I have been watching the whole ClimateGate fiasco with a sense of bewilderment. This time last year, there seemed to be broad consensus amongst intelligent people that anthropogenic global warming was real. At least as real as other great scientific theories like evolution and plate tectonics. As Real Climate put it yesterday: The system we study is ruled by the well-known laws of physics, there is plenty of hard data and peer-reviewed studies, and the science is relatively mature. The greenhouse effect was discovered in 1824 by Fourier, the heat trapping properties of CO2 and other gases were first measured by Tyndall in 1859, the climate sensitivity to CO2 was first computed in 1896 by Arrhenius, and by the 1950s the scientific foundations were pretty much understood.
I don't know about you, but I kind of trust "broad scientific consensus." Because of it, I have a warm home this morning, I am well fed and have been all my life, I have light and my computer works, and you can read this message. If science tells me that plate tectonics causes earthquakes and that we have (as yet) no control over this phenomenon, I am inclined to believe. And if science tells me that the amount of CO2 in the atmosphere has an effect on the surface temperature of the Earth, I am also inclined to believe. Unlike plate tectonics, atmospheric CO2 is something we have control over (in theory at least) and that is also something that it is hard to argue with.
But in the past few months, we have seen an extraordinary anti-scientific backlash against the mainstream consensus. I don't know how well organised it is, but it's been very effective, and now the right-wing press has taken up the baton (sensing some sort of popular revolt) and is now daily peppering the climate scientists with a few well-aimed blows to the midriff. Sunday's piece in the Mail, re-writing a BBC interview with Professor Phil "CimateGate" Jones is a case in point. In the original interview, Jones seems to be a little too candid for his own good and admits to problems tracking all the data sets, and problems in understanding the Medieval Warm Period. The Mail reporter, Jonathan Petre (presumably acting under orders?) comes on like a barrister at a show trial, using these comments to paint a very different picture. But if you read the article closely, it's almost all innuendo.
• Data for vital 'hockey stick graph' has gone missing. So what? It doesn't make the hockey stick wrong.
• Warming periods have happened before - but NOT due to man-made changes. So what? It doesn't mean that man-made changes won't affect the climate in future, does it?
Petre of course isn't trying to win an argument, because there isn't really an argument. No one is putting forward a plausible counter theory (the few sun spottists dishonourably excepted). All he is hoping to do is to lodge a few sceptical bon-mots into the heads of the blokes at the bar in Rose & Crown, link it to a fear of government intervention and rising taxes, and cause a general revulsion to a theory that spells bad news for us all. And it's working a treat. More people than ever are sceptical about global warming, and what the right-wing press have managed to do is to link it all up as a left-wing conspiracy. If Friends of the Earth, Greenpeace, WWF and the BBC all say it's real, then it must be a lie!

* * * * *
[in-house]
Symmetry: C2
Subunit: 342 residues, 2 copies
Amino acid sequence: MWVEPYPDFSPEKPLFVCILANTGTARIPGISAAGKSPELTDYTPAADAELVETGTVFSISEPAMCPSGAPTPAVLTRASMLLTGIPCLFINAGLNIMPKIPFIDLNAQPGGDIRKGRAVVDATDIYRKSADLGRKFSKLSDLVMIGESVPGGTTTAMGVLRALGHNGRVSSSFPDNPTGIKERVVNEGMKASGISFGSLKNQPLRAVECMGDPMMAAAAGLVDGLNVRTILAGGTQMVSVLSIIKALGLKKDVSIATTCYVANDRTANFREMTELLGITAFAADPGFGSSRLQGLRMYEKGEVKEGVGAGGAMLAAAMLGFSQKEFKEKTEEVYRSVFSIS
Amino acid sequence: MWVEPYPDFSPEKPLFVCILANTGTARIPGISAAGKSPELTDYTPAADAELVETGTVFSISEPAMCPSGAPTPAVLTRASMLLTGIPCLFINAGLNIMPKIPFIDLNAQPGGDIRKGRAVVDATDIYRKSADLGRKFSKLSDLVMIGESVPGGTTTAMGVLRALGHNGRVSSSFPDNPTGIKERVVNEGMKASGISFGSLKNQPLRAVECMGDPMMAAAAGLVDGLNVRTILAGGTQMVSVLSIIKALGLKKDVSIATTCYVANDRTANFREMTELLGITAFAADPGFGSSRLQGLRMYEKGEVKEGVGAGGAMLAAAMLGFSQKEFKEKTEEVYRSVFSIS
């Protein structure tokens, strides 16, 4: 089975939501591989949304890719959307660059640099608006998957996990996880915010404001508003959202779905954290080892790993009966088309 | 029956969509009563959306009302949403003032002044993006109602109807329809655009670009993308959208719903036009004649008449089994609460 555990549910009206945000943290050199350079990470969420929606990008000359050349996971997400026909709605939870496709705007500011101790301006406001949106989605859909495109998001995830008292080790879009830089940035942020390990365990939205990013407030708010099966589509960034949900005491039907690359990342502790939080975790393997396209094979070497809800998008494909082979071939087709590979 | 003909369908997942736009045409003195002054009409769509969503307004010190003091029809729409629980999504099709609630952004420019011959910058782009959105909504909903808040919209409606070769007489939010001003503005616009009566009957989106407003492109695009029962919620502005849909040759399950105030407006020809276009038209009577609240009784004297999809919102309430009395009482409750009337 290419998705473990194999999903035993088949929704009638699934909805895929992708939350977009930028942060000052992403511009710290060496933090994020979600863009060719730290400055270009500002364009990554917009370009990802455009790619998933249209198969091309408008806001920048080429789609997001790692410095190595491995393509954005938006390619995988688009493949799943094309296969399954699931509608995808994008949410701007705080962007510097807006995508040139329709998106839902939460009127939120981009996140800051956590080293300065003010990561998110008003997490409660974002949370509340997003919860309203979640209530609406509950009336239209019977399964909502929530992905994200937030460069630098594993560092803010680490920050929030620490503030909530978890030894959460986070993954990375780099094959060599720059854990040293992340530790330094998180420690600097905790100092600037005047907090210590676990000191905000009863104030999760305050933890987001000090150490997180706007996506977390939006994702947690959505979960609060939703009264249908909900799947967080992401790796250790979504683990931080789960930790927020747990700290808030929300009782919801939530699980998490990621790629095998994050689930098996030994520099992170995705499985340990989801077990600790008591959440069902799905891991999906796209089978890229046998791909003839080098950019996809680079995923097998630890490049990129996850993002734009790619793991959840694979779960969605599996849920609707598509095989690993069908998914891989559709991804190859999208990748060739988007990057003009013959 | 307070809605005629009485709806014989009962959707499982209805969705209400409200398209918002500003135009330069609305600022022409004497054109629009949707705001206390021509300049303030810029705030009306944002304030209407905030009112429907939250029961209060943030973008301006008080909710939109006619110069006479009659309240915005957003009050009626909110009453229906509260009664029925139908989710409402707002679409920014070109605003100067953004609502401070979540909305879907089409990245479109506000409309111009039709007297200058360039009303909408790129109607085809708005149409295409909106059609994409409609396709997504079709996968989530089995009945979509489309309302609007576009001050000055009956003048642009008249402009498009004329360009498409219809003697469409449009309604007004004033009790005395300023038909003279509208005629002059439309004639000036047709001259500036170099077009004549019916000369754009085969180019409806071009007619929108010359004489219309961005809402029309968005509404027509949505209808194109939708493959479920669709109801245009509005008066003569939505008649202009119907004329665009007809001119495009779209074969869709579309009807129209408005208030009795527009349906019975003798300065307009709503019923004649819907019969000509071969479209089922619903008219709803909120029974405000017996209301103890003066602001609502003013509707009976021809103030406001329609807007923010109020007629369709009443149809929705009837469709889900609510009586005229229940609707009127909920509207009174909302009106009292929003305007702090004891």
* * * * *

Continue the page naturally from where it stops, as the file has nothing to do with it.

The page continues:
Whilst the sceptics are very astute at "uncovering" discrepancies and conspiracies, what they haven't managed to do is to challenge the basic theory. If we keep pumping vast quantities of CO2 into the atmosphere, we are going to cause some mighty ruptures up ahead. That's it. It's that simple. Arguing that "climate change is a natural phenomenon, its been happening for millions of years" rather misses the point. It's us and in particular our civilisation that is unnatural, and it's been based on a relatively brief interlude of mild climatic conditions, and if we upset this particular applecart, it's not the Planet we need to be worrying about, but ourselves and our comfortable lifestyles. There's nothing left or right wing about this.
What is going on now is all very sad. It's turning into a witch-hunt. Normally obscure figures like Jones, and the guys that write RealClimate, are under attack in ways they can never have anticipated, and all because they are telling us things we would rather not know.
And if the Daily Mail is bad (it is), then the Express is worse. And even the Telegraph and the Times have succumbed to the new mood. And if you read the comments (hundreds of them) that always follow on from these articles, you realise that they are indeed responding to a popular mood, a growing sentiment that all these scientists are just scam artists, and the government is going along because it just wants to keep raising taxes. These people sound so angry, just like a lynch mob.
Here's a not atypical response from Derek J of Chester-le-Street (in Mail on Sunday)
Well it looks like US FLAT EARTHERS WERE RIGHT ALL ALONG
BUT will the Greenie's admit it will they Hell
all that extra Money will all payed out to line the pockets of Al Gore, etc, etc, etc.
its not a case of we put our Heads in the Sand
BUT MORE A CASE OF YOU LOT PUT YOUR HEADS IN THE CLOUDS and couldn't or more to the POINT WOULD LISTERN To Anyone other than your Messiah's who have all turned out to be FALSE
I've been hesitant to use that awful word denialist, but I have known one or two alcoholics and the similarities are striking. The anger, the indignation, the persecution, the justification. "There's nothing wrong with me mate, it's you who are a total fuck-up, leave me alone." It's usually followed by a punch and the sound of breaking glass.